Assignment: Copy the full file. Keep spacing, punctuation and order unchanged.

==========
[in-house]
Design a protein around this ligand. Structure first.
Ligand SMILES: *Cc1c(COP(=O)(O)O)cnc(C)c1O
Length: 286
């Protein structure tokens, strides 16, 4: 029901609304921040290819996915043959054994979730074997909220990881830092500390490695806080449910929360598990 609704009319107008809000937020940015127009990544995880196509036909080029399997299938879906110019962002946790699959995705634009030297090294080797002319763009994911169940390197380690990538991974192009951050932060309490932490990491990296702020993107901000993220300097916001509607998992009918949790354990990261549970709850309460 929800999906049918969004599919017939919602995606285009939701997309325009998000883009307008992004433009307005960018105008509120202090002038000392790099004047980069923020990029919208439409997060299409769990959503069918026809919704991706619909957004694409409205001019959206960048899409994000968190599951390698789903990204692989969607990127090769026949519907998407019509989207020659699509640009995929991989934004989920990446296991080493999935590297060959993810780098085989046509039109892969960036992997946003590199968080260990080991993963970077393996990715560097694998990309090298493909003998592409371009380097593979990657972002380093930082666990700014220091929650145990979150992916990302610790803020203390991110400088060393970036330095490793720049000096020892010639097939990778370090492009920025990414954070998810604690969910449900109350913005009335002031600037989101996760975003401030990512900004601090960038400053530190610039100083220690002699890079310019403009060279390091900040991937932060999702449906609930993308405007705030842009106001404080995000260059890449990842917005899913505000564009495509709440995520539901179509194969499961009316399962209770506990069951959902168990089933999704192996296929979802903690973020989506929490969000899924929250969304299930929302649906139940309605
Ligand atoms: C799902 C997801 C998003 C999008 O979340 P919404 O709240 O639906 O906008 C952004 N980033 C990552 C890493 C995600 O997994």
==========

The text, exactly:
[in-house]
Design a protein around this ligand. Structure first.
Ligand SMILES: *Cc1c(COP(=O)(O)O)cnc(C)c1O
Length: 286
């Protein structure tokens, strides 16, 4: 029901609304921040290819996915043959054994979730074997909220990881830092500390490695806080449910929360598990 609704009319107008809000937020940015127009990544995880196509036909080029399997299938879906110019962002946790699959995705634009030297090294080797002319763009994911169940390197380690990538991974192009951050932060309490932490990491990296702020993107901000993220300097916001509607998992009918949790354990990261549970709850309460 929800999906049918969004599919017939919602995606285009939701997309325009998000883009307008992004433009307005960018105008509120202090002038000392790099004047980069923020990029919208439409997060299409769990959503069918026809919704991706619909957004694409409205001019959206960048899409994000968190599951390698789903990204692989969607990127090769026949519907998407019509989207020659699509640009995929991989934004989920990446296991080493999935590297060959993810780098085989046509039109892969960036992997946003590199968080260990080991993963970077393996990715560097694998990309090298493909003998592409371009380097593979990657972002380093930082666990700014220091929650145990979150992916990302610790803020203390991110400088060393970036330095490793720049000096020892010639097939990778370090492009920025990414954070998810604690969910449900109350913005009335002031600037989101996760975003401030990512900004601090960038400053530190610039100083220690002699890079310019403009060279390091900040991937932060999702449906609930993308405007705030842009106001404080995000260059890449990842917005899913505000564009495509709440995520539901179509194969499961009316399962209770506990069951959902168990089933999704192996296929979802903690973020989506929490969000899924929250969304299930929302649906139940309605
Ligand atoms: C799902 C997801 C998003 C999008 O979340 P919404 O709240 O639906 O906008 C952004 N980033 C990552 C890493 C995600 O997994």